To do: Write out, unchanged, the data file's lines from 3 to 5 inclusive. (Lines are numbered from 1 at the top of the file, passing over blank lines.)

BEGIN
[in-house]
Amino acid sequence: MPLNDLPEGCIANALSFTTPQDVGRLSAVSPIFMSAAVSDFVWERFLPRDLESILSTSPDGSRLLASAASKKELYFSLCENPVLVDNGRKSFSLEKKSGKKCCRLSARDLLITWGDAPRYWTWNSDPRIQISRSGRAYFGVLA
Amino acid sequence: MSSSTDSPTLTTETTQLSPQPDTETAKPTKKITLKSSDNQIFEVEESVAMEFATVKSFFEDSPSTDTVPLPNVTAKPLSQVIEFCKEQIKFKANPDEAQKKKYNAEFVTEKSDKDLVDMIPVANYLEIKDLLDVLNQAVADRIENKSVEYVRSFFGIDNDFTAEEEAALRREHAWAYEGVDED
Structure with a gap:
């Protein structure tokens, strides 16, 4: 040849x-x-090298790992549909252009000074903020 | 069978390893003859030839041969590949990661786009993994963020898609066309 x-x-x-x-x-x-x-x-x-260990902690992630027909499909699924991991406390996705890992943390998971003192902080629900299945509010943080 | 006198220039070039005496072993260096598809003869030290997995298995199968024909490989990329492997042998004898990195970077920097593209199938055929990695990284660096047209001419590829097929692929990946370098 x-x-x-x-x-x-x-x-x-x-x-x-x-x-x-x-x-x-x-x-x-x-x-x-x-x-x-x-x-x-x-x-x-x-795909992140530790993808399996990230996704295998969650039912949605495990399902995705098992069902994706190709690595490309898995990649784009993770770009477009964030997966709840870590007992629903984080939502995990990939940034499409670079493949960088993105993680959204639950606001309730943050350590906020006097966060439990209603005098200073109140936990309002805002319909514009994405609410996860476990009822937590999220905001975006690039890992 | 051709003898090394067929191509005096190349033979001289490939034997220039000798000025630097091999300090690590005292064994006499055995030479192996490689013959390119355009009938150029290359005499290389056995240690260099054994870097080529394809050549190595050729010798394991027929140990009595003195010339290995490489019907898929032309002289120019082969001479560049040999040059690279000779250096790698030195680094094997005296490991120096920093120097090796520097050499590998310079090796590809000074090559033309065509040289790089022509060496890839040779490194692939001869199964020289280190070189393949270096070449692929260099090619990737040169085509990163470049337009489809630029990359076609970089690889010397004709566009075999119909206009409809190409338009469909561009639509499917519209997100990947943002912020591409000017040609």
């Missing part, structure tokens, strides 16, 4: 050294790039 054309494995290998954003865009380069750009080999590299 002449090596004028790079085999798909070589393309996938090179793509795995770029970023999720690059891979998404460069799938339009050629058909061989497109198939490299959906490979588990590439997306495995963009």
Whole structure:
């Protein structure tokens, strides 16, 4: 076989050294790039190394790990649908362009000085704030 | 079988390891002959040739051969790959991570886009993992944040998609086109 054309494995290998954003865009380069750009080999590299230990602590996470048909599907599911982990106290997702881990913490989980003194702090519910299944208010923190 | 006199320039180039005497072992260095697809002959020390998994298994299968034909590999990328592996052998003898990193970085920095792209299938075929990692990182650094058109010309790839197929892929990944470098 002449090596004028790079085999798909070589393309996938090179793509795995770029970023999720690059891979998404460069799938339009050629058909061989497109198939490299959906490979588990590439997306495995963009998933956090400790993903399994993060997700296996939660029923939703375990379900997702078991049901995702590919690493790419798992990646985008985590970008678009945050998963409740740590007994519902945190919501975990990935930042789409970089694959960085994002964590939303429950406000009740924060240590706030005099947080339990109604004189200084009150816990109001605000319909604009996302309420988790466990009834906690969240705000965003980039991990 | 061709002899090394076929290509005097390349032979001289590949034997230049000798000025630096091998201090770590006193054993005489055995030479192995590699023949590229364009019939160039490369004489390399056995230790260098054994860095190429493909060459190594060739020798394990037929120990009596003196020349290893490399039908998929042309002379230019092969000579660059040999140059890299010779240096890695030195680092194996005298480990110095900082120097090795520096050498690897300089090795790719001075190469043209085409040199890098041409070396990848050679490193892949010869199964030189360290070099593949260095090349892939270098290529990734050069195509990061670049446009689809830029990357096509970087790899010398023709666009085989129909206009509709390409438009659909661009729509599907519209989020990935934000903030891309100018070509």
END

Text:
Amino acid sequence: MSSSTDSPTLTTETTQLSPQPDTETAKPTKKITLKSSDNQIFEVEESVAMEFATVKSFFEDSPSTDTVPLPNVTAKPLSQVIEFCKEQIKFKANPDEAQKKKYNAEFVTEKSDKDLVDMIPVANYLEIKDLLDVLNQAVADRIENKSVEYVRSFFGIDNDFTAEEEAALRREHAWAYEGVDED
Structure with a gap:
């Protein structure tokens, strides 16, 4: 040849x-x-090298790992549909252009000074903020 | 069978390893003859030839041969590949990661786009993994963020898609066309 x-x-x-x-x-x-x-x-x-260990902690992630027909499909699924991991406390996705890992943390998971003192902080629900299945509010943080 | 006198220039070039005496072993260096598809003869030290997995298995199968024909490989990329492997042998004898990195970077920097593209199938055929990695990284660096047209001419590829097929692929990946370098 x-x-x-x-x-x-x-x-x-x-x-x-x-x-x-x-x-x-x-x-x-x-x-x-x-x-x-x-x-x-x-x-x-x-795909992140530790993808399996990230996704295998969650039912949605495990399902995705098992069902994706190709690595490309898995990649784009993770770009477009964030997966709840870590007992629903984080939502995990990939940034499409670079493949960088993105993680959204639950606001309730943050350590906020006097966060439990209603005098200073109140936990309002805002319909514009994405609410996860476990009822937590999220905001975006690039890992 | 051709003898090394067929191509005096190349033979001289490939034997220039000798000025630097091999300090690590005292064994006499055995030479192996490689013959390119355009009938150029290359005499290389056995240690260099054994870097080529394809050549190595050729010798394991027929140990009595003195010339290995490489019907898929032309002289120019082969001479560049040999040059690279000779250096790698030195680094094997005296490991120096920093120097090796520097050499590998310079090796590809000074090559033309065509040289790089022509060496890839040779490194692939001869199964020289280190070189393949270096070449692929260099090619990737040169085509990163470049337009489809630029990359076609970089690889010397004709566009075999119909206009409809190409338009469909561009639509499917519209997100990947943002912020591409000017040609």